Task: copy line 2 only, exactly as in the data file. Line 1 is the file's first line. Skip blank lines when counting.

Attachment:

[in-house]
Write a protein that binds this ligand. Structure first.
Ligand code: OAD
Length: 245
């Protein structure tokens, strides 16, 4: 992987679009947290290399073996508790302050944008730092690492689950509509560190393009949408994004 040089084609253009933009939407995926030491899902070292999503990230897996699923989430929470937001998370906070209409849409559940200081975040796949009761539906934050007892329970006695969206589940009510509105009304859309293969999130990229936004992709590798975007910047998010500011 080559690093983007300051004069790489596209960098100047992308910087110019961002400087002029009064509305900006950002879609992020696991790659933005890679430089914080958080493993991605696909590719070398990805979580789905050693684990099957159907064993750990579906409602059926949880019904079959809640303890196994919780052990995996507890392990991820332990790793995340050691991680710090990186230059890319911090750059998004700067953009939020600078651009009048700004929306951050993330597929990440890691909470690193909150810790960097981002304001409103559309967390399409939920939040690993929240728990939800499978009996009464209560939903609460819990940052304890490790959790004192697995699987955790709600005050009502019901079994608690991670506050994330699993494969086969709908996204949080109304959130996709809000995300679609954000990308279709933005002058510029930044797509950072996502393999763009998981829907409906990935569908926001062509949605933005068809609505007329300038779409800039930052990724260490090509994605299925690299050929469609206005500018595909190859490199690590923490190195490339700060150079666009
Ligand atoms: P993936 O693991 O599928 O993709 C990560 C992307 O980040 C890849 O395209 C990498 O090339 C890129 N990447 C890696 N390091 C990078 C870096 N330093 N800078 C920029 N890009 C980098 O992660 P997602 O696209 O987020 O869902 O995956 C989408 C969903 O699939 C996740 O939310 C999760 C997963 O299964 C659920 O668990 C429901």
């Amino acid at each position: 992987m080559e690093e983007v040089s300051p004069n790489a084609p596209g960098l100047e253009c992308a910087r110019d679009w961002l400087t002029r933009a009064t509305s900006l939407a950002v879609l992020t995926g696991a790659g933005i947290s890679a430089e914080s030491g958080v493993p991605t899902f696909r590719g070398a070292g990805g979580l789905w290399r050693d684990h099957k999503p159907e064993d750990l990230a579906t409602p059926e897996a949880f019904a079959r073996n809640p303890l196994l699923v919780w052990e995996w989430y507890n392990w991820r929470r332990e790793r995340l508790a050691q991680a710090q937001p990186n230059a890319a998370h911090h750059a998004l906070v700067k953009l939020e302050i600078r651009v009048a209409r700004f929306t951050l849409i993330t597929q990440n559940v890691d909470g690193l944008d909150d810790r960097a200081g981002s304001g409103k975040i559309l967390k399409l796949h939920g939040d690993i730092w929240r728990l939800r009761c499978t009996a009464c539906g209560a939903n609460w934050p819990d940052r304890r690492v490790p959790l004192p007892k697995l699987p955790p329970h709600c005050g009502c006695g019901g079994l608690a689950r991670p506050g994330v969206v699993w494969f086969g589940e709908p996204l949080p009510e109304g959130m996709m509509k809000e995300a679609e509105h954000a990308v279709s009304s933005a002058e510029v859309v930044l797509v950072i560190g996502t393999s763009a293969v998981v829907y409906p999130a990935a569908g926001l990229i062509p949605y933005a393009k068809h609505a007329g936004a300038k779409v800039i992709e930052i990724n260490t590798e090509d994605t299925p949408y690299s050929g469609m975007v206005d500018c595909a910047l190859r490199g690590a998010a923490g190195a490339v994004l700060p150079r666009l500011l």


Write a protein that binds this ligand. Structure first.